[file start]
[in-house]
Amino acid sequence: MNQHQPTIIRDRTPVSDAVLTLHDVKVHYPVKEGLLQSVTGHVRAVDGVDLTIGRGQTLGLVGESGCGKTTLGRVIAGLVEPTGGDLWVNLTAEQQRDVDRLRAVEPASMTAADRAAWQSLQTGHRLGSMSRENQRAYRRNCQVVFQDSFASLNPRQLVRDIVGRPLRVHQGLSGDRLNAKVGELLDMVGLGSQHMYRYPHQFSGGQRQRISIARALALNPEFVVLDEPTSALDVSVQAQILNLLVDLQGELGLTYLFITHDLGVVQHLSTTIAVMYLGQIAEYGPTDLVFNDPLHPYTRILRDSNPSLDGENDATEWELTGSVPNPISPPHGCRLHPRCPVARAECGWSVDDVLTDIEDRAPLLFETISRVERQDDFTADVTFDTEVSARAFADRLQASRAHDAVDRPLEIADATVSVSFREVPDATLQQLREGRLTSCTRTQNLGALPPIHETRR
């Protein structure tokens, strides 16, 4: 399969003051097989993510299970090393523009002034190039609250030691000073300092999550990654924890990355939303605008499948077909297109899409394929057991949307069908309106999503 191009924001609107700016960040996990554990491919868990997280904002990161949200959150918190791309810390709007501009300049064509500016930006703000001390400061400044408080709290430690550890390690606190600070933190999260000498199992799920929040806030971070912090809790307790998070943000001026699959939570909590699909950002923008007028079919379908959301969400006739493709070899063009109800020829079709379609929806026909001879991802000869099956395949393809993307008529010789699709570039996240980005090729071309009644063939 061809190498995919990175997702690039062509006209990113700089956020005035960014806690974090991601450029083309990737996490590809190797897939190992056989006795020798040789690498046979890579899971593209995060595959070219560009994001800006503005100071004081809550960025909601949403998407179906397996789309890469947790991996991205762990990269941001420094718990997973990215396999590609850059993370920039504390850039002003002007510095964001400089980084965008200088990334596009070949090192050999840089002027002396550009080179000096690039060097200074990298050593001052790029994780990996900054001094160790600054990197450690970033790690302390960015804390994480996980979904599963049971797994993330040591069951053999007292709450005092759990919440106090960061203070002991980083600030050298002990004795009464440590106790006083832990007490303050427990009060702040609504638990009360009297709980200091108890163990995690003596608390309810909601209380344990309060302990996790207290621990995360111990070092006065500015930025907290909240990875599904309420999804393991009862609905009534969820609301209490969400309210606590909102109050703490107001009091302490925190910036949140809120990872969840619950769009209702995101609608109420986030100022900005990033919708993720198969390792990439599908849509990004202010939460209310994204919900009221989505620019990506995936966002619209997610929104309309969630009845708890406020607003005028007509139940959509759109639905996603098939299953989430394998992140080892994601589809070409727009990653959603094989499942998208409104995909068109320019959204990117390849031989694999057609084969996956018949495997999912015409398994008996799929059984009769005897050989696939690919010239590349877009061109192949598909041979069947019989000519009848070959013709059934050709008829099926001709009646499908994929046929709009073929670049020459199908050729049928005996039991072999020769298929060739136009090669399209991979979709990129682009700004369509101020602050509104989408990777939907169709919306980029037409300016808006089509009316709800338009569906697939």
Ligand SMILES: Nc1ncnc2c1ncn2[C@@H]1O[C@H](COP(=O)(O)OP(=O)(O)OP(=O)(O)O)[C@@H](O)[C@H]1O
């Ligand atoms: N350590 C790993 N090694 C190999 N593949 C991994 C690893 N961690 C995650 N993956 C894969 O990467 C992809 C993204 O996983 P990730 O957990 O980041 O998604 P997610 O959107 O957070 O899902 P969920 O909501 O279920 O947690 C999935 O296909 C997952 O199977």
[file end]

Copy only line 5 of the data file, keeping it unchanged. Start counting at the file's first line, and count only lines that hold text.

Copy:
């Ligand atoms: N350590 C790993 N090694 C190999 N593949 C991994 C690893 N961690 C995650 N993956 C894969 O990467 C992809 C993204 O996983 P990730 O957990 O980041 O998604 P997610 O959107 O957070 O899902 P969920 O909501 O279920 O947690 C999935 O296909 C997952 O199977």